7 things you might not know about Google My Business categories
I have found that Google My Business categories are often an overlooked tactic by many people that work in the Local Search space. According to Moz’s Local Search Ranking Factors Survey, proper Google My Business category associations are the #3 search ranking factor for local packs. It has been one of the top ranking factors for as long as I can remember so I wanted to share some things about Google My Business categories that people often aren’t aware of.
1. Google constantly changes the names of categories. For example, “Lincoln Mercury Dealer” got renamed to “Lincoln Dealer” in the fall of 2018 and “Natural Foods Store” got renamed to “Natural Goods Store” in December. It’s important to know that Google can rename them so you’re not thinking it’s a new category that has been added.
2. Google constantly removes categories and adds new ones. For example, in the first six months of 2018 in the U.S., Google added 34 categories and removed 36. One that they added was “Fitness Class” and one that they removed was “Dog Sitter.”
3. New categories can give you a boost in ranking. In this thread, Rich Owings of Local Is Where It’s At talks about how he started doing Local SEO for an escape room. Google had just recently added a category for this business type so most of the competition didn’t have the new category yet. By being one of the first to add the new category, he was able to move to the first page overnight.
4. Categories have different names in different countries. For example, in Canada Google My Business calls the Real Estate Agent category “Estate Agents.” This is likely because categories in Canada tend to be more similar to the way they are named in the UK. I can safely say as a Canadian that no one here calls real estate agents “estate agents” but Google seems to think we do.
5. The categories you see on Google might not be the way they appear in the Google My Business dashboard. Every category has a GCID which does not change and a category name which varies based on the country. I’ve found that sometimes Google displays the GCID in the search results which can be really confusing if you’re trying to figure out why your competitor is showing a category that you don’t “appear” to have as an option in the Google My Business dashboard. In this example, Brodie Clark asked on Twitter why he couldn’t find the Heating Contractor category to add to his client. This is because “Heating Contractor” is actually the GCID for the category that’s named Central Heating Service in Australia.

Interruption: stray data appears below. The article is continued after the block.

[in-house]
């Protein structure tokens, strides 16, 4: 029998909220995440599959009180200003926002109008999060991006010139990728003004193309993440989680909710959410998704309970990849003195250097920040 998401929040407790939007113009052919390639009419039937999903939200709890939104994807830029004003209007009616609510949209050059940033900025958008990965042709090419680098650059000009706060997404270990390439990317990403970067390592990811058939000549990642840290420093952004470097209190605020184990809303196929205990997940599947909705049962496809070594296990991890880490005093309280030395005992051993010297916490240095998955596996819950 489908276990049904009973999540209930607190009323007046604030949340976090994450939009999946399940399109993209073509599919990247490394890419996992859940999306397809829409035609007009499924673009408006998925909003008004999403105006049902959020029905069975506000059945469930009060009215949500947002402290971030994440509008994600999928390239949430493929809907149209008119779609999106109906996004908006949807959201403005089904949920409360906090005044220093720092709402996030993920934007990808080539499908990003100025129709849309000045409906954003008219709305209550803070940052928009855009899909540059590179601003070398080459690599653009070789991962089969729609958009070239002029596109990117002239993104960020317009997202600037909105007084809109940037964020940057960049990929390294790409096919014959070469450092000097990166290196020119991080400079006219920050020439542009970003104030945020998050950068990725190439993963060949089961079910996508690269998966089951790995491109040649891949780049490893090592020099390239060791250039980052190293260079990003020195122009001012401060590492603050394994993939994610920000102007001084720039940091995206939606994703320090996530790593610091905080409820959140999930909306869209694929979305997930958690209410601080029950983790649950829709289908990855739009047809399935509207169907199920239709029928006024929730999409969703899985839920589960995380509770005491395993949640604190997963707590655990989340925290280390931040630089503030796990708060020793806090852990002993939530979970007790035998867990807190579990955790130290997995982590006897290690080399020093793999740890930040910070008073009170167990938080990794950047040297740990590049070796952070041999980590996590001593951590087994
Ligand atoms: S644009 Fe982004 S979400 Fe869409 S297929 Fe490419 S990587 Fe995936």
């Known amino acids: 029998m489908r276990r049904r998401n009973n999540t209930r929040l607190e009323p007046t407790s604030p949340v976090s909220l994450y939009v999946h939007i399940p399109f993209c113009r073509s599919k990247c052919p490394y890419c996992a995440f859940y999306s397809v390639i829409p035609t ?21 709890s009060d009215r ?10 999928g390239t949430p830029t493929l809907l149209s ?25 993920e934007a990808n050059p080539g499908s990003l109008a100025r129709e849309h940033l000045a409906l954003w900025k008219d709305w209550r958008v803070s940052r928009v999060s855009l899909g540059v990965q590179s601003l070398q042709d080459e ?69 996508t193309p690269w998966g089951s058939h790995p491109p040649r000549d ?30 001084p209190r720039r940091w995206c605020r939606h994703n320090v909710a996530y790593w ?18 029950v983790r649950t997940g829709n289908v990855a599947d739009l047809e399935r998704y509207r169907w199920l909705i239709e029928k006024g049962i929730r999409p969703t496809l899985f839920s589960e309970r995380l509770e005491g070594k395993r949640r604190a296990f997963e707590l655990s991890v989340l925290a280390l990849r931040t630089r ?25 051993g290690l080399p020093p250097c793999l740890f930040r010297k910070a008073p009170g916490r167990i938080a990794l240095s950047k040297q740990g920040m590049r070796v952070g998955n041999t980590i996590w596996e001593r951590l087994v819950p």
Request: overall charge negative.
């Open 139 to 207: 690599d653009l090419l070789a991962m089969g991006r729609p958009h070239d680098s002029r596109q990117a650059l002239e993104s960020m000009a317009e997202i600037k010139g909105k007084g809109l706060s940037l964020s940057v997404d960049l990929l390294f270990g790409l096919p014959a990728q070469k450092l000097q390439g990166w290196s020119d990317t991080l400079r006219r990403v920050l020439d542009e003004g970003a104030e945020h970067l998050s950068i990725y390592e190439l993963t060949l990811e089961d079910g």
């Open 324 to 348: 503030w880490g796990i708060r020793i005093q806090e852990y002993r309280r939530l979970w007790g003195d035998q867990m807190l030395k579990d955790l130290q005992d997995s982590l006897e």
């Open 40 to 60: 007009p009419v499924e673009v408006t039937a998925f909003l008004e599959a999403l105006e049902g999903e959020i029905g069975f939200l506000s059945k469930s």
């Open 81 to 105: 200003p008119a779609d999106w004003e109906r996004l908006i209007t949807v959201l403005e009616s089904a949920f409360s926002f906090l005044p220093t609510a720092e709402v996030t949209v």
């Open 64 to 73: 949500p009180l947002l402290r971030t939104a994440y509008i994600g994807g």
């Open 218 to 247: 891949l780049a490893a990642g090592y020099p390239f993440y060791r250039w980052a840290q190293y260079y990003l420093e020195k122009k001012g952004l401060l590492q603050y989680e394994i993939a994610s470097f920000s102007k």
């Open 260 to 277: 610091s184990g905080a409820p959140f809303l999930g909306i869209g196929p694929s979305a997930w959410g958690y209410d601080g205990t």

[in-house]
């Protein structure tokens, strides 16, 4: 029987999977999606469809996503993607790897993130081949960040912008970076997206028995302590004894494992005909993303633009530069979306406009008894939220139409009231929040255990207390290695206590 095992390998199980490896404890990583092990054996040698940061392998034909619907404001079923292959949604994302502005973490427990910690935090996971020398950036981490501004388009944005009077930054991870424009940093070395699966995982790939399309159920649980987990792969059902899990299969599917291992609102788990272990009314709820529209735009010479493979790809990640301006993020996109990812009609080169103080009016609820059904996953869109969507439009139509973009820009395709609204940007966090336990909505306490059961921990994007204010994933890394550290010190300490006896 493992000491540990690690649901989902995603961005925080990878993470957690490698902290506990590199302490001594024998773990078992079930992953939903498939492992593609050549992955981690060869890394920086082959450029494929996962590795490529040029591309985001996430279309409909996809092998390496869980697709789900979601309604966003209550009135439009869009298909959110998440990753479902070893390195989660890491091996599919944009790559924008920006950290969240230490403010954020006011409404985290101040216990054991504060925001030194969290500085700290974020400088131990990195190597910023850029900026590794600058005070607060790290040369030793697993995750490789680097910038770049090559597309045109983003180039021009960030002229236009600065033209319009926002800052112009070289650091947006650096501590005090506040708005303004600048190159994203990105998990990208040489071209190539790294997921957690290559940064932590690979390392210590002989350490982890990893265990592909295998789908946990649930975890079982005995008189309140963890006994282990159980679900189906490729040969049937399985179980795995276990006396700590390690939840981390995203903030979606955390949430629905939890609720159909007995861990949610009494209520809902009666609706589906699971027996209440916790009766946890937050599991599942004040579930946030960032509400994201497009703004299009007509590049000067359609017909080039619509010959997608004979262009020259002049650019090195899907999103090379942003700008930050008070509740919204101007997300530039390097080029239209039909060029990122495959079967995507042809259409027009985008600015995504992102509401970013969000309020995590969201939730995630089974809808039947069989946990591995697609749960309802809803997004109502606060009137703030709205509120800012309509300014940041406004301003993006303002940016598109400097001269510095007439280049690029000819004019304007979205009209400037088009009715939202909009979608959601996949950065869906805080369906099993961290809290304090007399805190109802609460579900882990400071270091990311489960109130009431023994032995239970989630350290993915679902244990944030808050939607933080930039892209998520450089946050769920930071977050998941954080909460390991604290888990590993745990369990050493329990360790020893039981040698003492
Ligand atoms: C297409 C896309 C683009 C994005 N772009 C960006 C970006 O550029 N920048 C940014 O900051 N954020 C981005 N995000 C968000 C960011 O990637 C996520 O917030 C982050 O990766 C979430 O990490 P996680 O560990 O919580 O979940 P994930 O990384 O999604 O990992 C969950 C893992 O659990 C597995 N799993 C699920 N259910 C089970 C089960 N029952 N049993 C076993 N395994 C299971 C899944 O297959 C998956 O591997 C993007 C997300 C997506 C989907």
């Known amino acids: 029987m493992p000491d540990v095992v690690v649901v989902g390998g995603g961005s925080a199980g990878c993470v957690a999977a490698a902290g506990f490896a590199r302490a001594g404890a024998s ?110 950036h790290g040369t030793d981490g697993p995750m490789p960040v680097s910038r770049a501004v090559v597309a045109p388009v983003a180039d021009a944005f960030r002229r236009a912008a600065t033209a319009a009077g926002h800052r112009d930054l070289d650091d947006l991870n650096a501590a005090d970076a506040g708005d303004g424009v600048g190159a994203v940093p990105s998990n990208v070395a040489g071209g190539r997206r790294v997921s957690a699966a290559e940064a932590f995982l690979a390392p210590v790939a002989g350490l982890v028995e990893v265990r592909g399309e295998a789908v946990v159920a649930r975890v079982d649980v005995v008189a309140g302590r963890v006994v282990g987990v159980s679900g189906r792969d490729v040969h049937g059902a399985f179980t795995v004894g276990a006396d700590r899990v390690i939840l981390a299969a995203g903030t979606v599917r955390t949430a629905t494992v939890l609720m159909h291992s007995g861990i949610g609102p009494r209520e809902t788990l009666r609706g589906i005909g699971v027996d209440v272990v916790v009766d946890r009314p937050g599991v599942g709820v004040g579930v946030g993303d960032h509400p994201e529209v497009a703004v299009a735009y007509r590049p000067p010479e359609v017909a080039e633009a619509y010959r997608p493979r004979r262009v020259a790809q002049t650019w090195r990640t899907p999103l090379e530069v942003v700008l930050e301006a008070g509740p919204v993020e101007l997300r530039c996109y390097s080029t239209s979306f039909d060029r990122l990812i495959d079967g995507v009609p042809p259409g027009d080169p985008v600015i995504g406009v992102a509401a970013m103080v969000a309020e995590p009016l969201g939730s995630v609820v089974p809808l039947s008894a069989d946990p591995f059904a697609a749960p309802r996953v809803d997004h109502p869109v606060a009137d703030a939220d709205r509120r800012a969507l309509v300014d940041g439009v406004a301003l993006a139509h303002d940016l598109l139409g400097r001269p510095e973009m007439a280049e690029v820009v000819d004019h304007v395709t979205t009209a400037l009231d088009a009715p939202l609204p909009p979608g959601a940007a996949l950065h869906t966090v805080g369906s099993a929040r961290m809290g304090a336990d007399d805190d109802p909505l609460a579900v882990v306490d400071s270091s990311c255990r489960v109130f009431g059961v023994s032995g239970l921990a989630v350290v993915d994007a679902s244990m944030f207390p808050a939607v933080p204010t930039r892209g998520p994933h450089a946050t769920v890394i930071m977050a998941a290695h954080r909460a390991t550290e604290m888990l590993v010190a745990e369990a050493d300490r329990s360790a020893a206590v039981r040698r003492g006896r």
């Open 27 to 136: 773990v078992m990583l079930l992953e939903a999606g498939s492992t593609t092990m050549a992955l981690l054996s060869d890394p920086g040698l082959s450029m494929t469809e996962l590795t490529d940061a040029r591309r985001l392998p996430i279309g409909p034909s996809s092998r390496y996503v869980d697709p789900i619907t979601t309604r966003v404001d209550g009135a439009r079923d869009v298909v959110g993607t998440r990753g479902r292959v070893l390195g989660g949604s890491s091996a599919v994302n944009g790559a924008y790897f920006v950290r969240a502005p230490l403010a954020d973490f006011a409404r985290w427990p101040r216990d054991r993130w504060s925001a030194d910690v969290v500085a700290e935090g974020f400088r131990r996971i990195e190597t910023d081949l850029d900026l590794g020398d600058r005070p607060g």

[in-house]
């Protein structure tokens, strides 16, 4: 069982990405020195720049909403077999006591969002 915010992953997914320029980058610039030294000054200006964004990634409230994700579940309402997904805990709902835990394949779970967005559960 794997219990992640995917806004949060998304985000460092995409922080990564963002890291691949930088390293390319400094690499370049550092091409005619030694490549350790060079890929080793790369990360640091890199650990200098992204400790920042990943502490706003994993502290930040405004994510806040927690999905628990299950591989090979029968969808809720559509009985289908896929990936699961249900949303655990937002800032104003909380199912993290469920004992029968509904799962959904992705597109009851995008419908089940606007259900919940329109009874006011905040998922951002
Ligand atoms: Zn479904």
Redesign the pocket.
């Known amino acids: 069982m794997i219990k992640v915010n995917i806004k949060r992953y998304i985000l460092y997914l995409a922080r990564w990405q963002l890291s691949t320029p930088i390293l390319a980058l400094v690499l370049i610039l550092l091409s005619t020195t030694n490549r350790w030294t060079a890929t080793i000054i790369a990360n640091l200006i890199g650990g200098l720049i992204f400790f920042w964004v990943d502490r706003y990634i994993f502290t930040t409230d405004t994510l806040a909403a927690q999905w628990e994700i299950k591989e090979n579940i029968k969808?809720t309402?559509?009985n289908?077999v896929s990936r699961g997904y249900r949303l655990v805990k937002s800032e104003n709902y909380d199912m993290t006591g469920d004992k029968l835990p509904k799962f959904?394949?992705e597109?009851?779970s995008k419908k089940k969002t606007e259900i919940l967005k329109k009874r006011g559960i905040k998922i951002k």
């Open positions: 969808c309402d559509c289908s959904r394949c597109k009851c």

6. The concept of “category dilution” is not true according to our testing. This concept states that you could “weaken” your ranking for a category if you have more than one category on your Google My Business listing. Instead of putting all your ranking power in one category, it would theoretically be dispersed amongst all the ones you pick. We have found the opposite to be true. Adding more categories often results in an increase in ranking and clicks because you now show up for more related queries. For example, we added the category “Employment Attorney” to a law firm in Florida when we noticed that they take a lot of employment-related cases. This is what happened to his ranking 48 hours later for local rankings for the query [employment lawyer cityname].
7. The primary category holds more ranking power. I always suggest that a business pick their primary category wisely because it holds more ranking weight than secondary categories. The primary category is the first category you select in the Google My Business dashboard. We had a personal injury attorney who also practiced insurance law. He told us that his focus was personal injury so I suggested that we switch his categories around in Google My Business. Previously, he had “insurance attorney” as the primary category and “personal injury attorney” as a secondary category. By reversing that, we saw an increase in most personal injury keywords and a decrease in the insurance attorney keywords.
Opinions expressed in this article are those of the guest author and not necessarily Search Engine Land. Staff authors are listed here.
Have something to say about this article? Share it with us on Facebook, Twitter or our LinkedIn Group.